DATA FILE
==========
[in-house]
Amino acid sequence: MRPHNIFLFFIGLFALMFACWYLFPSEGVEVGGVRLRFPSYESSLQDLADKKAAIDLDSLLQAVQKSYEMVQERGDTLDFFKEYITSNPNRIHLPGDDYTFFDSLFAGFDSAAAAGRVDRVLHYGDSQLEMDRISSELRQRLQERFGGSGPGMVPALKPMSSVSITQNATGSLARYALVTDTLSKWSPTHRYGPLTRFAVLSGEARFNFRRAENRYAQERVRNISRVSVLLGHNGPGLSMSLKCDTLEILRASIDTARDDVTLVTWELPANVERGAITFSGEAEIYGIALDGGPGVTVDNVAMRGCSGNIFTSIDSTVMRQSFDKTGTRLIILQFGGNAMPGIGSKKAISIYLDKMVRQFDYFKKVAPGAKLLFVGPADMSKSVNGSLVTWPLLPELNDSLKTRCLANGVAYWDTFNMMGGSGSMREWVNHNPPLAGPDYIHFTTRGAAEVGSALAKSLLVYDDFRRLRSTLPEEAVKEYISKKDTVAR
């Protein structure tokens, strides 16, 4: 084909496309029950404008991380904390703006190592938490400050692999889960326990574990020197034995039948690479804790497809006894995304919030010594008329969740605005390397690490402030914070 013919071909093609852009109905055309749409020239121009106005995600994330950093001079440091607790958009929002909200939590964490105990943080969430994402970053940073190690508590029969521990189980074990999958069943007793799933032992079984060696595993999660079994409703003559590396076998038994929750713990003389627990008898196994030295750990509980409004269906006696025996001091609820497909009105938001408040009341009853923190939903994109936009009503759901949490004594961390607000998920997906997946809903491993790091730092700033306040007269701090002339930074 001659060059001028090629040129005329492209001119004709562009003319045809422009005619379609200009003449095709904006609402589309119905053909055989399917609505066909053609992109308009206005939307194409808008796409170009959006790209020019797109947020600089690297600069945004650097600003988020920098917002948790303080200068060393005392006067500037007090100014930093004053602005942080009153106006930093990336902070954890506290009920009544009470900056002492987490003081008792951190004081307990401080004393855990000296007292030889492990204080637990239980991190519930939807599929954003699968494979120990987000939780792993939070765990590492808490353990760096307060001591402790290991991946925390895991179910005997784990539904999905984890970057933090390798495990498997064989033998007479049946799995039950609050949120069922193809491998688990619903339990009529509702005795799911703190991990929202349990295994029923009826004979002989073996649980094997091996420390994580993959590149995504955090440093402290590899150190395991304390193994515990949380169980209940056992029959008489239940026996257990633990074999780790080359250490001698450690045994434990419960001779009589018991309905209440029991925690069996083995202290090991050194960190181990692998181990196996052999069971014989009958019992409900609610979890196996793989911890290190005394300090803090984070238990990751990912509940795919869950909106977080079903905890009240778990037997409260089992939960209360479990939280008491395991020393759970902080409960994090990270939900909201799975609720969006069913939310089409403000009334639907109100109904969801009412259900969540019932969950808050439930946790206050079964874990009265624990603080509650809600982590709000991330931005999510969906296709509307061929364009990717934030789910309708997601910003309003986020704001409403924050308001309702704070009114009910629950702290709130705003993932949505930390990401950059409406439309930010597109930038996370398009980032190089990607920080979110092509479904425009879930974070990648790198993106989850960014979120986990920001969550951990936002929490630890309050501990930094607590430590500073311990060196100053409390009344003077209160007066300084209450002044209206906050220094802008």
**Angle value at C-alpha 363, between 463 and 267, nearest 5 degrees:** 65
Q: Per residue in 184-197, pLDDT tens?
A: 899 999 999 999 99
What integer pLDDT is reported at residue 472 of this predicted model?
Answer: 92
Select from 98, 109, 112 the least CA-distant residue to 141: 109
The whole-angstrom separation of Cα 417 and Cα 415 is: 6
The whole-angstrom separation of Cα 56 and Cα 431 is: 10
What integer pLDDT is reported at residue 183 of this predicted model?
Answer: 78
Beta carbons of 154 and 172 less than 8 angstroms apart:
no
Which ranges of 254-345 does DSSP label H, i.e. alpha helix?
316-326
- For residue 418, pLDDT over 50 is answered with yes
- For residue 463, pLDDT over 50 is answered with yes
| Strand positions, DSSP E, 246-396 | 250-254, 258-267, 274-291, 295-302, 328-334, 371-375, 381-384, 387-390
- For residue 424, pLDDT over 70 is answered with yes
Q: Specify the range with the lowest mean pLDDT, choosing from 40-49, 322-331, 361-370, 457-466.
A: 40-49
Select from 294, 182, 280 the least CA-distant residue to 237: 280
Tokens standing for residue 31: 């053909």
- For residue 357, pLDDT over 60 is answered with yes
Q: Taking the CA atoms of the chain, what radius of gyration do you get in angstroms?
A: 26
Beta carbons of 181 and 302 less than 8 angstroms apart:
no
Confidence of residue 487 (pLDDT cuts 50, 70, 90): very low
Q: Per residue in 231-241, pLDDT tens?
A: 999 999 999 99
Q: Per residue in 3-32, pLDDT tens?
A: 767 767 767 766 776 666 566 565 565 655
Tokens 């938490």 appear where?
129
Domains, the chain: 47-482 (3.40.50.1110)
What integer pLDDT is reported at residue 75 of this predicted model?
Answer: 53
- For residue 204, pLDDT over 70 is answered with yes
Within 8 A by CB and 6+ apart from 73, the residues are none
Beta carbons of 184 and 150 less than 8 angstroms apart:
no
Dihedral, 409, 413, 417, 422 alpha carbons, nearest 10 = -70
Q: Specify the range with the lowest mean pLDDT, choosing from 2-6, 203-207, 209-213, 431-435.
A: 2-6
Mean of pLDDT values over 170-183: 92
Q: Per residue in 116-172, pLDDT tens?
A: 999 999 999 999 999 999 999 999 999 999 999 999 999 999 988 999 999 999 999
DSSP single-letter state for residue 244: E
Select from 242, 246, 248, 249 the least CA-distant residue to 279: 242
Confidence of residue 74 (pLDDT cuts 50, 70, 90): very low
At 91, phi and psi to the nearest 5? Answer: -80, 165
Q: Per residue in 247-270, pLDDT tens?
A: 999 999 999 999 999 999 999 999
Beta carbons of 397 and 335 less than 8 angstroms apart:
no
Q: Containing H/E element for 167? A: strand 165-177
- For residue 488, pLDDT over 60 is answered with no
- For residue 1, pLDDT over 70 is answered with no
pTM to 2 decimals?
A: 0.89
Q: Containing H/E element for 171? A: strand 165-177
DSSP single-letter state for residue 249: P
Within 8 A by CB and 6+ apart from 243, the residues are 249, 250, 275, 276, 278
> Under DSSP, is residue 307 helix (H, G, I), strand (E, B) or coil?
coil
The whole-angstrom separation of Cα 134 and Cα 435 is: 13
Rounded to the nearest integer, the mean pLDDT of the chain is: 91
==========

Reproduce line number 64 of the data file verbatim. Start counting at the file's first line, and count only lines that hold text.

Q: Containing H/E element for 171? A: strand 165-177